Articles from Poll Bludger
The Sunday Mail has a Galaxy poll of South Australian state voting intention (paywalled), which finds that even after 15 years the Liberal Opposition is unable to quite break the back of the Labor government.
As reported here in early May, there is a new entrant into federal opinion polling in the shape of British-based market research giant YouGov, in conjunction with Australian communications agency Fifty Acres. After reporting attitudinal polling on a fortnightly basis over recent months, the pollster has produced its first set of voting intention numbers, which are exclusively related below.
This post elaborates on my paywalled article in Crikey based on this week’s release of data from the census, which looked at its implications for parliamentary representation, and the changes it records in the existing 150 electorate’s demographics since the previous census in 2012.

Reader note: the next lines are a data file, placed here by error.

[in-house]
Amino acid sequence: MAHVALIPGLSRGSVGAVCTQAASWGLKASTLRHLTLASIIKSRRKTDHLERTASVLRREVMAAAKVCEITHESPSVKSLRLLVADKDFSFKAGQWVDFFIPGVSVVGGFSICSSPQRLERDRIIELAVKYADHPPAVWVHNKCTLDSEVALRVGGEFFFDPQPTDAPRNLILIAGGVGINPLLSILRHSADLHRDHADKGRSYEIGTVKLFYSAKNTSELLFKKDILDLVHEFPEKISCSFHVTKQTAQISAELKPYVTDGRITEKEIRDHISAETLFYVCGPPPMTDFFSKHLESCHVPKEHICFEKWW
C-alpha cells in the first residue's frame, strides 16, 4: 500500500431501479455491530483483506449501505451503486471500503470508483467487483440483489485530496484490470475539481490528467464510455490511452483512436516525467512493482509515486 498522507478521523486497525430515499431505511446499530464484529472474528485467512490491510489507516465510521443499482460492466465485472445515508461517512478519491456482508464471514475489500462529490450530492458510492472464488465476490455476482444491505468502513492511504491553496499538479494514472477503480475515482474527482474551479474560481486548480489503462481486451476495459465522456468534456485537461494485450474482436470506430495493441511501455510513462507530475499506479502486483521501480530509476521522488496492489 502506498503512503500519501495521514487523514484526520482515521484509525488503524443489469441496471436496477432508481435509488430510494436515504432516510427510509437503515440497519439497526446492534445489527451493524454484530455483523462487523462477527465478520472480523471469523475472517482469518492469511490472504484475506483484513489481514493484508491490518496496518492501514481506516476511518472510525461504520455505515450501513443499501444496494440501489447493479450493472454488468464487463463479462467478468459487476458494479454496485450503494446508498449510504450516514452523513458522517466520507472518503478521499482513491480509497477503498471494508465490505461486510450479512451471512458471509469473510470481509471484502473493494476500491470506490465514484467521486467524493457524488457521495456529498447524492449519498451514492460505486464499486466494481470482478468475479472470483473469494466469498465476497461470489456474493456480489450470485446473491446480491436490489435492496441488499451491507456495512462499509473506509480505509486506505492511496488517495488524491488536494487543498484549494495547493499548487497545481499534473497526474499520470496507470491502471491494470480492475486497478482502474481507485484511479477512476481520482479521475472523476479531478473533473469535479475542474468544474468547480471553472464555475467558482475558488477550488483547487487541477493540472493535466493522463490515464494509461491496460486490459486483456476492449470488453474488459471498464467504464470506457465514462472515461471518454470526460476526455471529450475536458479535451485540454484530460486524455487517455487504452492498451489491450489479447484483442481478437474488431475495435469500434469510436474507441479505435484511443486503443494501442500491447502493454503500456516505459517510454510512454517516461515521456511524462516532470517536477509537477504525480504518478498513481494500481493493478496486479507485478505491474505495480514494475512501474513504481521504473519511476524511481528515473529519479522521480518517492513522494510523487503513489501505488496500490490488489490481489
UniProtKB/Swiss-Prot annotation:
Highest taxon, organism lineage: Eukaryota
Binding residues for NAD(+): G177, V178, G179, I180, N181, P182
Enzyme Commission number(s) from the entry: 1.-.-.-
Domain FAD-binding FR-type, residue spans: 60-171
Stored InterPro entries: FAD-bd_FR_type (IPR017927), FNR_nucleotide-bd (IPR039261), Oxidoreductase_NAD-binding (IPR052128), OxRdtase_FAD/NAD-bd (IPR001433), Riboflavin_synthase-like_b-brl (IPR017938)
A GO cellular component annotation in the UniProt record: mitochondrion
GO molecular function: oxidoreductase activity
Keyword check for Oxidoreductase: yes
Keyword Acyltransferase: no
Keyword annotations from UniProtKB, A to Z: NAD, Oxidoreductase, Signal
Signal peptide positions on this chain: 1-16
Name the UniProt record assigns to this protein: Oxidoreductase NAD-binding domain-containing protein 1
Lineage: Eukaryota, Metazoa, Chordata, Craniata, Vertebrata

The Guardian reports the Essential Research fortnight rolling average has come in at 52-48 to Labor for a third week in a row, with the Coalition (39%), Labor (36%) and the Greens (10%) each managing to gain a point on the primary vote, as One Nation’s recent run of good polling form comes to an end with a two point drop to 7%.
Labor’s lead remains steady at 52-48 in this week’s reading of the Essential Research fortnight rolling average, from primary votes of 38% for the Coalition (steady), 35% for Labor 35% (down one), 9% for Greens 9% (down one) and 9% for One Nation (up one), whose curious resurgence was the subject of an
The first Newspoll result in three weeks, courtesy of The Australian, has Labor’s two-party preferred lead unchanged at 53-47, from primary votes of Coalition 36% (steady), Labor 37% (up one), Greens 9% (down one) and One Nation 11% (up two).
We’re now at the end of a two-week period where Essential Research has furnished the only new federal poll results, causing its reading of the situation to loom unusually large in the BludgerTrack poll aggregate. This week’s sample produced a fairly close result, so Labor is down half a point on two-party preferred and three on the seat projection, losing one in Queensland and two in Western Australia, where it may be coming back to earth after the state election bounce.